Very pleased to be bringing my Selected Aphex Works AV set to the Splice festival on Friday May 26th at Rich Mix in London. Coldcut and the legendary Emergency Broadcast Network are playing the same evening and there are acts all weekend with workshops, talks and more in the day. Check the line up and buy tickets at www.splicefestival.com
Saturday was Record Store Day 2017 and dragging myself out of bed and down to Rat Records in Camberwell was well worth missing a lie in for. The shop was heaving when I got there after 10.30am with one punter reportedly spending £1,400 already!! The bulk of a huge collection from a Scottish indie collector was making its debut in the shop and there were multiple copies of some sought after items flying out the store. I spotted the 10″ Rephlex 4×10″ Radiophonic Workshop compilation on the wall, a couple of copies of the JAMMs ‘1987′ LP and multiple 45s of The White Stripes’ ‘Seven Nation Army’. I ended up spending far too much and all of it secondhand, no official RSD releases at all. Sadly I don’t have any photos of that but it was a blast and it’s always a pleasure to chat to Philippe, Pete and a rare sighting of owner, Tom.
After a quick lunch break it was over to West Norwood to The Book & Record Bar to score some new releases and play a set in store after Alex Paterson, Andy Higgs, Mr Parker, Dave Laine and Pete Williams. I decided to play something quite ‘up’ and plowed through a pile of beaty hip hop and classic house/acid/rave 7″s to a bustling shop. I also managed to score all my wants and start going through a small collection of German 45s that had just come into the shop before giving way to Oliver Sudden on the decks.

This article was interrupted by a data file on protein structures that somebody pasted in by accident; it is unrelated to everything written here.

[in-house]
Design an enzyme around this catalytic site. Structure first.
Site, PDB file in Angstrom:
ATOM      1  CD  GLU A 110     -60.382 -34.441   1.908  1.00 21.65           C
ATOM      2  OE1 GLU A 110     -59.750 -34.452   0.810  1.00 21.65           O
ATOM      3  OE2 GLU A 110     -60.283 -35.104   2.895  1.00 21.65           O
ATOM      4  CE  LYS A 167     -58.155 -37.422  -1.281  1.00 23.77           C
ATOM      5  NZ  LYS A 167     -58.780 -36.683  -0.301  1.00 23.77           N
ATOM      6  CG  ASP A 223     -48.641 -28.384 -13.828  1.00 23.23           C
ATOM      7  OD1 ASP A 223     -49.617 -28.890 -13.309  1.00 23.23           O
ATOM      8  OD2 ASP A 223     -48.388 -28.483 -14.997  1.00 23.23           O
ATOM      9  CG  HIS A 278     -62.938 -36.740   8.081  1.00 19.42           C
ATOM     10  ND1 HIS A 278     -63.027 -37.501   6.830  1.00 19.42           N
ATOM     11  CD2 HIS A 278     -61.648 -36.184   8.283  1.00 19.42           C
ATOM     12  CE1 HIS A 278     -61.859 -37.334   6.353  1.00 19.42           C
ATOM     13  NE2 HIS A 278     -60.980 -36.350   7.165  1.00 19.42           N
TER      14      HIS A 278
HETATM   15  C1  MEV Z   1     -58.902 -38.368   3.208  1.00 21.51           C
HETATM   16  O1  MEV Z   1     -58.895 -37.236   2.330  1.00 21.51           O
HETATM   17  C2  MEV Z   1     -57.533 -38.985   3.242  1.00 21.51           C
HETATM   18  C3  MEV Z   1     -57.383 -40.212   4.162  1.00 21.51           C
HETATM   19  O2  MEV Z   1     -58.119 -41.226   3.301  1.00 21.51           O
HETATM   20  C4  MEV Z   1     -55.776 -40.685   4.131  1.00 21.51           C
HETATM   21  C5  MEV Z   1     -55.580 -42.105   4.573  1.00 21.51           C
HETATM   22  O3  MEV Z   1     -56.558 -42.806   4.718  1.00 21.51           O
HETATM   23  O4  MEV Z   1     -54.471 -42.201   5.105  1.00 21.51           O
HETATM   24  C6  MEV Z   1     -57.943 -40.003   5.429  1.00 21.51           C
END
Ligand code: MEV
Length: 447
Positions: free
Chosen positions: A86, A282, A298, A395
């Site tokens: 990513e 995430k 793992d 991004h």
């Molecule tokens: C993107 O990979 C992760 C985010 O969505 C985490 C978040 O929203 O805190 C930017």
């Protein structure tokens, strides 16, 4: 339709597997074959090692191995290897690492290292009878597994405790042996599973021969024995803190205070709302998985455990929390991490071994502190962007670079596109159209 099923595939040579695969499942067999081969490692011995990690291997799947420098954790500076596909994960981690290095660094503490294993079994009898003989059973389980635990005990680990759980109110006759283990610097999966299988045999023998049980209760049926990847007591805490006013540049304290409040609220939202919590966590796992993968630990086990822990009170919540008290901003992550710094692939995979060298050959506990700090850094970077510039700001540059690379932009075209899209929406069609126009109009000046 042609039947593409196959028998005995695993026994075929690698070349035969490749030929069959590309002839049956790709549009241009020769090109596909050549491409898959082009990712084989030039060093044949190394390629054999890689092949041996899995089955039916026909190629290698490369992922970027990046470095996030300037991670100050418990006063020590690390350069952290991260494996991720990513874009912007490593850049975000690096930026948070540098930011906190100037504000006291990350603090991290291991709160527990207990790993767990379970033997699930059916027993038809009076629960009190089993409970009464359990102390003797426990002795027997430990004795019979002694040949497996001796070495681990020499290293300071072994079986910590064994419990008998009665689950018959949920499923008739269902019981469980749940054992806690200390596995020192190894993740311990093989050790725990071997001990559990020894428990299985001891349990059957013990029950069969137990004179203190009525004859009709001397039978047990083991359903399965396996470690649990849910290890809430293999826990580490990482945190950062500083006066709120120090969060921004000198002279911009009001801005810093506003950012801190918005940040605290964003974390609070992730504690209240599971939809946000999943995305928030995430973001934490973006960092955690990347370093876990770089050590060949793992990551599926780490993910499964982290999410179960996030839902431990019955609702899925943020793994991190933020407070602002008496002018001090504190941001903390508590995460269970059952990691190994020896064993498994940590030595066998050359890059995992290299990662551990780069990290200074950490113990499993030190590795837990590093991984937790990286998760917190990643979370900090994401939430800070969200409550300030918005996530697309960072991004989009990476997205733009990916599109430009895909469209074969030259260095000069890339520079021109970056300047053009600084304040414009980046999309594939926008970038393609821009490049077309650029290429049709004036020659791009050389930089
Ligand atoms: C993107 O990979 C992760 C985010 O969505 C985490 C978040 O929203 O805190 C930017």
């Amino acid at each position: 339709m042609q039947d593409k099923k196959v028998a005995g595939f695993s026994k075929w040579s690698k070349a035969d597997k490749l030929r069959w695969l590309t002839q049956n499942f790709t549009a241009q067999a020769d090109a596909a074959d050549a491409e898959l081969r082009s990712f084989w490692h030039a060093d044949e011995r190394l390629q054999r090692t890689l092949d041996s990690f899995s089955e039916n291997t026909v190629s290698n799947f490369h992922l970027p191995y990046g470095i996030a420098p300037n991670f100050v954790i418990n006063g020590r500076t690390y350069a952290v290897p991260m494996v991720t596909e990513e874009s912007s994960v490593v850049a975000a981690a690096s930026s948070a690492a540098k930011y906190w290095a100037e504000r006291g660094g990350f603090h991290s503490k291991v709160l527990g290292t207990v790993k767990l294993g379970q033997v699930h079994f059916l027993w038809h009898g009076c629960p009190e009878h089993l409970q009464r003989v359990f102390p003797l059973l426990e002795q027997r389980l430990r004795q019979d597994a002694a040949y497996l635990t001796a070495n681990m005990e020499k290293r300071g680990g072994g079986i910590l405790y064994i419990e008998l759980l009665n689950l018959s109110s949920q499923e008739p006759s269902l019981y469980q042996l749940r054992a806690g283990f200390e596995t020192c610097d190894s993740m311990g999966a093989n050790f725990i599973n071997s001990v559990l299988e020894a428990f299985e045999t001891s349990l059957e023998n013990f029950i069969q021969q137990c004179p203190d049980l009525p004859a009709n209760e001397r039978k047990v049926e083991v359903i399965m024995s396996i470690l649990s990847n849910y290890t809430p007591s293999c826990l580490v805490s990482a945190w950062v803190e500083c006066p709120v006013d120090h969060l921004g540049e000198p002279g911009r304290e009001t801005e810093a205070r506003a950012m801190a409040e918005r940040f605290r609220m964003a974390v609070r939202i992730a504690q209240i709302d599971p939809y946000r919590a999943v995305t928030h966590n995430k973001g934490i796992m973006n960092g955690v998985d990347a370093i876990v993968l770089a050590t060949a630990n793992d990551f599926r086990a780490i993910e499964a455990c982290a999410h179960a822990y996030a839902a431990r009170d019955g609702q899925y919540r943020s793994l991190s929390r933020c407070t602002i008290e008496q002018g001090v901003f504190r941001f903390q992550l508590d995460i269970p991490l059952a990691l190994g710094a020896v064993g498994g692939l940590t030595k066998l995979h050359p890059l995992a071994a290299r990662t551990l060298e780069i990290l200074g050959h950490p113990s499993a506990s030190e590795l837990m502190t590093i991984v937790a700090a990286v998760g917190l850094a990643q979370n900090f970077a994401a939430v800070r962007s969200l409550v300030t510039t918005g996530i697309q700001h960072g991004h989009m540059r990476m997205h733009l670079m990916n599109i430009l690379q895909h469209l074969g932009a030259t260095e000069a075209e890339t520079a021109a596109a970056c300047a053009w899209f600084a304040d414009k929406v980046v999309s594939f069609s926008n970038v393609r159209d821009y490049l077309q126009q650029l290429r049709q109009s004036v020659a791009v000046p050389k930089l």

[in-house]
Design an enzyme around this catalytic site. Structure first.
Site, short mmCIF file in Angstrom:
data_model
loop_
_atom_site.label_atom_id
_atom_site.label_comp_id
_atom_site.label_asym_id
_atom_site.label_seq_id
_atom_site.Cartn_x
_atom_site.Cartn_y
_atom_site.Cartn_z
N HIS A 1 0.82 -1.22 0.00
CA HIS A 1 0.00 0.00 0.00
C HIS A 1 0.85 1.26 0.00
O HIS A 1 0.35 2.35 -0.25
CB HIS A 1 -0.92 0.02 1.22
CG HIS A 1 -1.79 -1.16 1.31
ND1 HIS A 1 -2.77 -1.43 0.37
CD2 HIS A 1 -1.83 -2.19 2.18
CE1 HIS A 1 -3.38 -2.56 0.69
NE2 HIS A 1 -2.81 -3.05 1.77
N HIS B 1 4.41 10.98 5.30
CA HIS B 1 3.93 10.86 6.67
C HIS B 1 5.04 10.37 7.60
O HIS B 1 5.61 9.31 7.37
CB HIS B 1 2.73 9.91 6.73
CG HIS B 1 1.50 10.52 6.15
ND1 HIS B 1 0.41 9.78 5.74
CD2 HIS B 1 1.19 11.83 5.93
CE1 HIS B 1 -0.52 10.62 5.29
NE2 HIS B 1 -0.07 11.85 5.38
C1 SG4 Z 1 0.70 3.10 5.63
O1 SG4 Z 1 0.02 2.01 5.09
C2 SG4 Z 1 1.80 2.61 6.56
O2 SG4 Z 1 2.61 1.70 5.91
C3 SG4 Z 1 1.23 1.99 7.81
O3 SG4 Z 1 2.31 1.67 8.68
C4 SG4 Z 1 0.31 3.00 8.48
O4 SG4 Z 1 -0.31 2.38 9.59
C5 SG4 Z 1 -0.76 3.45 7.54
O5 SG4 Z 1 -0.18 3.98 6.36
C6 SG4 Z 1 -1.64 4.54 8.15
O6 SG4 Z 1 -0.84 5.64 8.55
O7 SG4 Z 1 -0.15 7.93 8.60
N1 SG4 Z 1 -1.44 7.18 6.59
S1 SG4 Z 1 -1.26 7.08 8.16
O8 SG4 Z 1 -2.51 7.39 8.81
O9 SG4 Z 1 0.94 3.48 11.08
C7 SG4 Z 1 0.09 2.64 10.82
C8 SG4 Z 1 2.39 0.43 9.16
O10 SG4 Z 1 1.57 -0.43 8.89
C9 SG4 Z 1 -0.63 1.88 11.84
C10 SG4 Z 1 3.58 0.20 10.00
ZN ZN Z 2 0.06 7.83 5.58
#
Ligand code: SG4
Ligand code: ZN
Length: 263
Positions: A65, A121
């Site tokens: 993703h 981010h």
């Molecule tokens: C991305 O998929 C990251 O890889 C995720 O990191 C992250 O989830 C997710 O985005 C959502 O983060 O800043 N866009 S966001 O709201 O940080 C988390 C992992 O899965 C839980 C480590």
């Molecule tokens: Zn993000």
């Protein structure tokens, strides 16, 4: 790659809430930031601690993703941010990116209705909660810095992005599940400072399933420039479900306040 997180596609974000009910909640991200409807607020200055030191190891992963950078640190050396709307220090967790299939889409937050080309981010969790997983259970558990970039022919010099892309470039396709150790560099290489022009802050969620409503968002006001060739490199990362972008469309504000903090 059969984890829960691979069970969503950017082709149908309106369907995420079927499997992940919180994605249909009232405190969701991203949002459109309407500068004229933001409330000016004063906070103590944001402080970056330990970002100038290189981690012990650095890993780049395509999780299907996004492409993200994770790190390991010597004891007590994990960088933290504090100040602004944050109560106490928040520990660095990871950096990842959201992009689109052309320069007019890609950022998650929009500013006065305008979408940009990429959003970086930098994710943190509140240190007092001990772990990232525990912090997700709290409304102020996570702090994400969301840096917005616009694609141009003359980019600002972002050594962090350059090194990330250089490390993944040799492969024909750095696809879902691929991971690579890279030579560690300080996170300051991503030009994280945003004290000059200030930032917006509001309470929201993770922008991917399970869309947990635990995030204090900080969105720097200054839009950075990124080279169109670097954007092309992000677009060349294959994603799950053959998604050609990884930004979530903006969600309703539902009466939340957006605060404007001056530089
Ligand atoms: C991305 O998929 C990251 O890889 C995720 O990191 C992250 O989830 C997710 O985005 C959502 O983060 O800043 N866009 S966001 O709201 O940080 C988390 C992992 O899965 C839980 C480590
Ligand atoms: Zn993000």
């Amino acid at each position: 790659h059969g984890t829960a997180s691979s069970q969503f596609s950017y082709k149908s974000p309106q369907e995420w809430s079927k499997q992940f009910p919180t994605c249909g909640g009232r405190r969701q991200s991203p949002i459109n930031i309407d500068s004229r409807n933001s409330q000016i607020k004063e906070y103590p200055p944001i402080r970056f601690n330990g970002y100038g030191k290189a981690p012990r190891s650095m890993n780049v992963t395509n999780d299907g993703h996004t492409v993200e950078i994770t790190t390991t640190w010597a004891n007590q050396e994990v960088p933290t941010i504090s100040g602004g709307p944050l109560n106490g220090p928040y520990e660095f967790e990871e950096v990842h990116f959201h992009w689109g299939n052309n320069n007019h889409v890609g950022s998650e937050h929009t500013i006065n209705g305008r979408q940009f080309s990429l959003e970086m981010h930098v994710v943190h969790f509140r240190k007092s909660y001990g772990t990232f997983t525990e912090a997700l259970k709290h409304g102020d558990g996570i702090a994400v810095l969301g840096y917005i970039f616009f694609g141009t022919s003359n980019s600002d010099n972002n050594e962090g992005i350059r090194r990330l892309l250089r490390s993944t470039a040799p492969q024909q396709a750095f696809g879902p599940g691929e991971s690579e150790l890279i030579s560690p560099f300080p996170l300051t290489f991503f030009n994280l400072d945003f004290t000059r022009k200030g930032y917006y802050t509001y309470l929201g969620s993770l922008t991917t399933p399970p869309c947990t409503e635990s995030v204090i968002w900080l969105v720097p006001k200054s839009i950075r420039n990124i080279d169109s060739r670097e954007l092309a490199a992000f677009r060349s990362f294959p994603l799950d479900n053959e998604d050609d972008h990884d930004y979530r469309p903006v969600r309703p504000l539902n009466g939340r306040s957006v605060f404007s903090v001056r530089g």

All in all a fantastic day, not chasing crazy limited editions up in town but staying local and going to the record shops and hanging out in them which is what we should be doing first and foremost. People buying and selling records on the web are missing the point of RSD, it’s called Record STORE Day, go and support yours on more than one day a year. Shops like the ones above are hubs for people to come together and connect, form alliances and get creative, I’ve met so many good people through them, long may they flourish.
Friday saw myself and Pete Williams as part of the bill for the Orb‘s extravaganza at the Royal Festival Hall on the Southbank, doing a test run for our Further event on May 6th. Upon being asked to play on the 5th floor balcony area by Alex Paterson, we decided to use a load of our equipment to projection all along the roof of the outside area overlooking the Thames. We got in around 1pm and were just about set up by 7pm when Michael from The Book & Record Bar and DJ Dadaist aka George Holt arrived. Teething trouble with getting the lights turned off or down so that we could see the projections were dealt with as were security who suddenly roped off the public space and would only let ticket holders for the gig in the main auditorium in. As the daylight faded and the projections along the balcony pointing across the ceiling appeared, everything clicked into place.
Tons of friends turned up and we managed to get a lot of great photos and footage before the 11.30pm curfew. I even managed to see a bit of The Orb with Youth painting a huge canvas live onstage, walking in just as one of my favourite tracks, O.O.B.E. was playing. Strip down of the equipment took two hours by the time we were loaded out, then driving back to unload and retiring to our beds saw that it was 3am by the time I hit the sack. All worth it though, a very memorable night and a success in terms of what we wanted to achieve.
(Many thanks for the photos above: Martin Le Santo-Smith, and below: Mike Oscar)